Lecture | April 21 | 4-5 p.m. | 240 Bechtel Engineering Center
Yafeng Yin, University of Michigan
Abstract: Ride-sourcing companies such as Uber, Lyft and Didi Chuxing are transforming the way people travel in cities. The services these companies offer have enjoyed huge success but also created many controversies one of them centered on dynamic (surge) pricing. In this talk, we present an aggregate, equilibrium modeling framework for ride-sourcing markets with a focus on evaluating temporal and spatial effects of dynamic pricing. Our modeling framework features the equilibration of demand and supply, while explicitly capturing the advanced matching technology that a ride-sourcing platform adopts to match customers and drivers. The framework can be tailored to addressing key modeling considerations in different dimensions such as the spatial distribution of vacant vehicles and drivers work scheduling behaviors. The tradeoffs in the welfare of different market players under dynamic pricing and possible management policies will be discussed based on the equilibrium outcomes.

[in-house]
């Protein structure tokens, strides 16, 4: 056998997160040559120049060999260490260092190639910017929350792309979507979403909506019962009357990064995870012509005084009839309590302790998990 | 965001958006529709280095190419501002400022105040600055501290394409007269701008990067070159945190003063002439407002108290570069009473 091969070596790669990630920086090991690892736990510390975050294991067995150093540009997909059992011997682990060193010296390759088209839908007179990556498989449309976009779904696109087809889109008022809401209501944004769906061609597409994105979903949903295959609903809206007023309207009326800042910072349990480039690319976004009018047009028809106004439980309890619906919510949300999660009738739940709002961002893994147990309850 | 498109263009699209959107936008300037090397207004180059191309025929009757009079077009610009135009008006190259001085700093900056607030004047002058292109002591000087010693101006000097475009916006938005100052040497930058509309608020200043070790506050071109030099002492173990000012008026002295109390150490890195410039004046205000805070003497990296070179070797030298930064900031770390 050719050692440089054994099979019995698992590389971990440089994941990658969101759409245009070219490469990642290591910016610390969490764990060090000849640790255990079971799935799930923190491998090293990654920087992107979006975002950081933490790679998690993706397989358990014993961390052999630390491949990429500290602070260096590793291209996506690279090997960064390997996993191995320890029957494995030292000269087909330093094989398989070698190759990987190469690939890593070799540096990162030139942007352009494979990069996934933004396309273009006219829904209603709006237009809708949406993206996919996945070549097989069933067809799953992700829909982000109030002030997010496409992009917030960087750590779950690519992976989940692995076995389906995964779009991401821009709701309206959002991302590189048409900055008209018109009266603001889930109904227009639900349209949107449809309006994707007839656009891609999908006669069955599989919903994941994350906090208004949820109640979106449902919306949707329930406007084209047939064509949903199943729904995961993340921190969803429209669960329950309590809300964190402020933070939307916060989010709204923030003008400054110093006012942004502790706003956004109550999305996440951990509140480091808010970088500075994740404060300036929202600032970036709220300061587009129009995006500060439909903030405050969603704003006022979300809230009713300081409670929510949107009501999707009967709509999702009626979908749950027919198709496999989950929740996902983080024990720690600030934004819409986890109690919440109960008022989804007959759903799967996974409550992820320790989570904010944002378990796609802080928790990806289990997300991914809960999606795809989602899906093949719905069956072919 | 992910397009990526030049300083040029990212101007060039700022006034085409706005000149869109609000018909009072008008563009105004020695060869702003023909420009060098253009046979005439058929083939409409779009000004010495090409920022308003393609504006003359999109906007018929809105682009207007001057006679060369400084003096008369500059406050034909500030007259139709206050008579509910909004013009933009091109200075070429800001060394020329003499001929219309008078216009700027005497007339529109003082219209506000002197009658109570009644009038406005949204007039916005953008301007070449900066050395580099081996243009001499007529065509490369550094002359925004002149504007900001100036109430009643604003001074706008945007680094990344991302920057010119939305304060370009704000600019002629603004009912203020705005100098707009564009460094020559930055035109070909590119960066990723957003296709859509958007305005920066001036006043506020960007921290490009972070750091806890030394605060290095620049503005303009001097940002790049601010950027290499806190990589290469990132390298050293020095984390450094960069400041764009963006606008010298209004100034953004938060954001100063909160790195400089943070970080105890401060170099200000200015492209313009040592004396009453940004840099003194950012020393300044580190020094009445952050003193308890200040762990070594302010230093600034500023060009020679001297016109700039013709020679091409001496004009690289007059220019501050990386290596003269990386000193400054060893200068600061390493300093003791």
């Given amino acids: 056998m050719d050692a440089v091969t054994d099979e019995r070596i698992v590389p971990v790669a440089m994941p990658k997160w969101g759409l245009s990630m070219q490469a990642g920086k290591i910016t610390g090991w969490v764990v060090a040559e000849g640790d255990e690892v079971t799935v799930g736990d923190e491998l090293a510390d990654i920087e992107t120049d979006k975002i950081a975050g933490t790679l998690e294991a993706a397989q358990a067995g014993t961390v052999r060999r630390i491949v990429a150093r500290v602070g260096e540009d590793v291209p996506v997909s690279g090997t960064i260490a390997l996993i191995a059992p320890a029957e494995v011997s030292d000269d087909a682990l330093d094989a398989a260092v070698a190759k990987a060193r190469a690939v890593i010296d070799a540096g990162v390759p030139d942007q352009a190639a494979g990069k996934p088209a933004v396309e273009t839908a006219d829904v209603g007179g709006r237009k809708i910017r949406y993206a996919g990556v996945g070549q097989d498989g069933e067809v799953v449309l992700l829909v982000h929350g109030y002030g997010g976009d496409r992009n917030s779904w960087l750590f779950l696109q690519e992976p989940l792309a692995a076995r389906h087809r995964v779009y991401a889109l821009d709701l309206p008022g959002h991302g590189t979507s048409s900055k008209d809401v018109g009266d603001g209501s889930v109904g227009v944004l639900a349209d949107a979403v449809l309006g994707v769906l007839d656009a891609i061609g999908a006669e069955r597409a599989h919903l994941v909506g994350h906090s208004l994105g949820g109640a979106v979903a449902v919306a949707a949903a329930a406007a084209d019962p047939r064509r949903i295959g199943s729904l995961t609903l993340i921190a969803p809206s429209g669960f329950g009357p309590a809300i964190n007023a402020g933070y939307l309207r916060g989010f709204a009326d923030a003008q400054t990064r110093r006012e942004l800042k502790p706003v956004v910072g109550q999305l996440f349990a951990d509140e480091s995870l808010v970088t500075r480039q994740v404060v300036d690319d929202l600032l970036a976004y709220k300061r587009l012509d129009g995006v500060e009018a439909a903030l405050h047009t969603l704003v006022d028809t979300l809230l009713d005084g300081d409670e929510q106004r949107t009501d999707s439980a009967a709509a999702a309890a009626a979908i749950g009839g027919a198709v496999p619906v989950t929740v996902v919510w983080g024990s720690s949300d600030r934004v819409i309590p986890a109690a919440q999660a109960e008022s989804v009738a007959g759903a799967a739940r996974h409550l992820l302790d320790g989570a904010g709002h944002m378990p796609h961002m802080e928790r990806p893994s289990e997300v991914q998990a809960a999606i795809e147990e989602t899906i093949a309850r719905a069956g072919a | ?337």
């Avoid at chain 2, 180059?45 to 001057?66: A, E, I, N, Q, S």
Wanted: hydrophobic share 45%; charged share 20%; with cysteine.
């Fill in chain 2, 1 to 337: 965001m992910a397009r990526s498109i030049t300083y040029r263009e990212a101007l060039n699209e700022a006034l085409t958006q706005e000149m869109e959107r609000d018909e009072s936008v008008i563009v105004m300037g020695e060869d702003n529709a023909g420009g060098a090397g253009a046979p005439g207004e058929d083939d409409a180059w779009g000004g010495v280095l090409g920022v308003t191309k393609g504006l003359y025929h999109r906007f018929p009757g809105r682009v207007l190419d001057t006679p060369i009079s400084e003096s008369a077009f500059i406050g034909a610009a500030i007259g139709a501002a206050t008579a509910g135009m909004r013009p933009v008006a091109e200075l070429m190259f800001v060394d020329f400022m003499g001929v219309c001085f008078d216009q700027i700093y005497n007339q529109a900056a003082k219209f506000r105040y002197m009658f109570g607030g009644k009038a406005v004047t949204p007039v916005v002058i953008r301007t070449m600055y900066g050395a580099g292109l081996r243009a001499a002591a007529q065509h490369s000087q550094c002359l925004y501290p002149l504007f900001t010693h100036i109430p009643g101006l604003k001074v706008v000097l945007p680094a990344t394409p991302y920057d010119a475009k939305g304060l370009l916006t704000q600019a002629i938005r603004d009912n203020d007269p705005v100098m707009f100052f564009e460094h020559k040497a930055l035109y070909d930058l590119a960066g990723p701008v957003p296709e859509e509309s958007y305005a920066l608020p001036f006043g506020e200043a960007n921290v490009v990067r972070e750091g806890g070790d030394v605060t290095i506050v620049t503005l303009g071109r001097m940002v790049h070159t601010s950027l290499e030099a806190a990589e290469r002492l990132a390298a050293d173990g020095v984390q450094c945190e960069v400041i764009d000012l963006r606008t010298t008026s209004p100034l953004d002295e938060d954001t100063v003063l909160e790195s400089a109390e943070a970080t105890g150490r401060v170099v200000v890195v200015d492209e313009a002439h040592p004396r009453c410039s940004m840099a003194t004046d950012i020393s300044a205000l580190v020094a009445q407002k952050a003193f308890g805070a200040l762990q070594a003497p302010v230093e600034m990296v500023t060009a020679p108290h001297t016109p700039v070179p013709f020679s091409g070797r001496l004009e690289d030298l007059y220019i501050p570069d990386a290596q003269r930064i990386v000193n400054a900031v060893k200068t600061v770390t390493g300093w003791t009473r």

Bio: Dr. Yafeng Yin is a Professor at Department of Civil and Environmental Engineering, University of Michigan. He works in the area of transportation systems analysis and modeling, and has published over 90 refereed papers in leading academic journals.. Dr. Yin is the Editor-in-Chief of Transportation Research Part C: Emerging Technologies and serves on the editorial boards for another four transportation journals. He is a member of Transportation Network Modeling Committee and International Cooperation Committee of Transportation Research Board. He is also the Immediate Past President of Chinese Overseas Transportation Association (COTA). Dr. Yin received his Ph.D. from the University of Tokyo, Japan in 2002, his masters and bachelors degrees from Tsinghua University, Beijing, China in 1996 and 1994 respectively. Prior to his current appointment at the University of Michigan, he was a faculty member at University of Florida between 2005 and 2016. He worked as a postdoctoral researcher and then assistant research engineer at University of California at Berkeley between 2002 and 2005. Between 1996 and 1999, he was a lecturer at Tsinghua University.